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DrG's Medisense Feature Article

117062-Circadian_Rhythm Internal Clocks Run Our Lives
by Ann Gerhardt, MD
May 2017
Print Version

Bottom Line at the Top:  Many bodily functions are controlled by an internal clock in the brain that cycles us according to day and night.  Individual cells of many of our organs also have their own internal clocks that control metabolism.  People who want to be healthy should heed their circadian rhythms.

We’ve known for a long time that daily urges to perform bodily functions, like sleeping, waking, eating and pooping, are determined by circadian rhythms, which are daily cycles of ebb and flow of a bodily function.  Most of these rhythms are controlled by a master clock located in a deep portion of the brain in the suprachiasmatic nucleus of the hypothalamus (SCN). 

Sunlight prompts the SCN to trigger a sequence of events which raise cortisol levels, promoting wakefulness.  Darkness causes it to trigger melatonin release, which tells us to sleep.  When deprived of light, the SCN maintains a daily cycle of a little longer than 24 hours.  Exposure to sunlight realigns the SCN to daylight and night. 

Problems with SCN signaling directly cause sleep disorders, which disrupt our health.  Jet lag makes us feel bad for days and night-shift workers have an above-average risk of obesity and diabetes.  Depressed people have a variety of sleep disorder patterns, don’t cycle cortisol normally and frequently are overweight. 

Other atypical patterns occur naturally:  Adolescents who stay up very late have a day cycle longer than 24 hours. Older people who fall asleep in early evening have a day cycle shorter than 24 hours. 

Circadian rhythm also affects body weight via tiny ‘clocks’ in cells of liver, muscle, fat, pancreas and intestine.   These clocks are semi-independent of the SCN:  They normally cycle according to food intake instead of sun, but align with the SCN when their human eats only during daylight hours.  This is optimal for health. 

Cellular metabolic clocks are important for sugar metabolism.  They gear up during the day to produce enzymes that ‘burn’ blood glucose but taper off at night.  Eating at night leads to higher blood sugar levels in both healthy and diabetic people.  Higher glucose levels in the evening, when most people are sedentary, shunts calories into fat.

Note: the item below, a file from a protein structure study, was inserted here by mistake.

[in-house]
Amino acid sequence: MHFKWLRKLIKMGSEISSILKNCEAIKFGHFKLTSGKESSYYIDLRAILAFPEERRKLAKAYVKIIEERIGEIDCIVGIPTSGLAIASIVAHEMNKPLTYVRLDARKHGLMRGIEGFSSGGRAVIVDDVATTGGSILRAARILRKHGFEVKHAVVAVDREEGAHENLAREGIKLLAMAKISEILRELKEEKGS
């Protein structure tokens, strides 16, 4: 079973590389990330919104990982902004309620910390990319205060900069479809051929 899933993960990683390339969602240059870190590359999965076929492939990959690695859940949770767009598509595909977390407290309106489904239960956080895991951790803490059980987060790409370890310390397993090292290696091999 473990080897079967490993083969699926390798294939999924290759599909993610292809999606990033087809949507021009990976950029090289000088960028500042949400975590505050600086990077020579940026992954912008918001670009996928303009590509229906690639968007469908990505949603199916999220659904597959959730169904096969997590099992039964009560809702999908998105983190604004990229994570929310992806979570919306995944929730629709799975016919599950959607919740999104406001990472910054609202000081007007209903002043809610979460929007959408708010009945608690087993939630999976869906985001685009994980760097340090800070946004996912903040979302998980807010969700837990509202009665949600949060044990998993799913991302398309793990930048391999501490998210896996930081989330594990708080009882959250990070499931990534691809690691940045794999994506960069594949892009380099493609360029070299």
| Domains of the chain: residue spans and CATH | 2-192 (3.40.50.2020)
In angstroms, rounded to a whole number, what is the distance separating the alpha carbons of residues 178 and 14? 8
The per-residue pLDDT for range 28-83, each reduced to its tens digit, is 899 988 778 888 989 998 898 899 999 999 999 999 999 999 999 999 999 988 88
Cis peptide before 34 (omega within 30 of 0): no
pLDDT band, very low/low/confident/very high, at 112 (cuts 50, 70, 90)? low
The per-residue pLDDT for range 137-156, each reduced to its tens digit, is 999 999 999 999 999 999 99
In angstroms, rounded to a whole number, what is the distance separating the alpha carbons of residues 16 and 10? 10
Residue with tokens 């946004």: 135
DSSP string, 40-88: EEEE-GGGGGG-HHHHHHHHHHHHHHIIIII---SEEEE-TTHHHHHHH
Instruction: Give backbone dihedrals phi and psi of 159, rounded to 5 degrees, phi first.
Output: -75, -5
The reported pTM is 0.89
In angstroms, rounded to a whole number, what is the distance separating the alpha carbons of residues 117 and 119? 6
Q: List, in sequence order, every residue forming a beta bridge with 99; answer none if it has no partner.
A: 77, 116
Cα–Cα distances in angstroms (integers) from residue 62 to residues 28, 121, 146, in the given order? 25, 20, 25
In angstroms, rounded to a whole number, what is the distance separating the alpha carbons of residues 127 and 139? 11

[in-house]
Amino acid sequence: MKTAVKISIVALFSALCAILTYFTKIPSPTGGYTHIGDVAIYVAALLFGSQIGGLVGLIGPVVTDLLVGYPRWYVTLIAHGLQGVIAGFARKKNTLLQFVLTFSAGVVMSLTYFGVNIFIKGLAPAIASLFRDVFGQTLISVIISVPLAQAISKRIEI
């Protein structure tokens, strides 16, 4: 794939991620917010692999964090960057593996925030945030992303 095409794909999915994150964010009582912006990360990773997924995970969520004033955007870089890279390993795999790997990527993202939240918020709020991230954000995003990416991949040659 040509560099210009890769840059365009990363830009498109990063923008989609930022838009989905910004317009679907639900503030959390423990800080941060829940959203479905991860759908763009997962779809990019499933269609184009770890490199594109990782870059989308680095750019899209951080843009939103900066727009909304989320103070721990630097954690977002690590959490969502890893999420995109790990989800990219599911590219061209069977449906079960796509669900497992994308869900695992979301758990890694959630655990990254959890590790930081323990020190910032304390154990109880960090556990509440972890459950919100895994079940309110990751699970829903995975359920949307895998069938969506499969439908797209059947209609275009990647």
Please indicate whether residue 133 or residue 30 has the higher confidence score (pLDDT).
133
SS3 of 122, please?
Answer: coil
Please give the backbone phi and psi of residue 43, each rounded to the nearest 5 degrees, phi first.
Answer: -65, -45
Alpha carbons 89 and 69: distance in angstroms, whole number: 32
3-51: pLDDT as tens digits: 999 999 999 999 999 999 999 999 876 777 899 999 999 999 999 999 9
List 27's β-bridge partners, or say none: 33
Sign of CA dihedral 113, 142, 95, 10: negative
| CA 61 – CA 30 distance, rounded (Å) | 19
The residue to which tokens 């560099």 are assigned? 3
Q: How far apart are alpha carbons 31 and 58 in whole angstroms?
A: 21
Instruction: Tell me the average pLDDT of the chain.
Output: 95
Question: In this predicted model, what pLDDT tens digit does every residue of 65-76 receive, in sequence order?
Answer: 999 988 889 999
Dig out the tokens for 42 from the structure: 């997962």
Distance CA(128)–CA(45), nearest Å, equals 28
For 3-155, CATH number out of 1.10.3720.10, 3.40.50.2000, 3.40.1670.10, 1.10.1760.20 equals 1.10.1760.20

Weight gain is faster when one habitually eats after dark, and it’s easier to lose weight and keep it off if we eat only during daylight.   A study of overweight people who shifted their eating from 15 or more hours per day to less than 12 hours only during daylight found that they lost weight more easily.

As many as five to ten percent of our genes are regulated in cycles.  Body temperature, blood pressure and heart rate peak in the evening.  We tend to eat different foods at different times of day.  We are most alert in late morning.  Coordination, reaction time and exercise capacity surge through the afternoon into early evening. 

Most aspects of heart and blood vessel physiology follow a cyclic pattern.  Blood pressure, heart rate, and blood vessel distensibility change according to our sleep-wake cycle.   Blood pressure and pulse fall in the dark and during sleep.  If blood pressure doesn’t decline, it means that blood vessel walls are not functioning properly.  They constrict when they should relax, possibly causing a stroke or heart attack in the wee hours of the morning. This occurs in people with diabetes, pre-diabetes, high blood pressure, deconditioning, advanced age and disrupted circadian rhythm. 

Cellular immune, inflammatory and oxidation reactions also cycle, in part controlled by cellular clocks and in part by the SCN.  Even the bacterial pattern in our intestine changes with loss of normal light/dark cycling, affecting intestinal integrity and the whole body’s immune system.

Current knowledge about circadian rhythms tells us to do intellectual tasks in the morning, exercise in the afternoon, eat only during daylight and take blood pressure medicine with dinner and allergy medication at night.  With more knowledge of our bodily rhythms, we may be able to control our health better by timing activities, food and medicine. ╣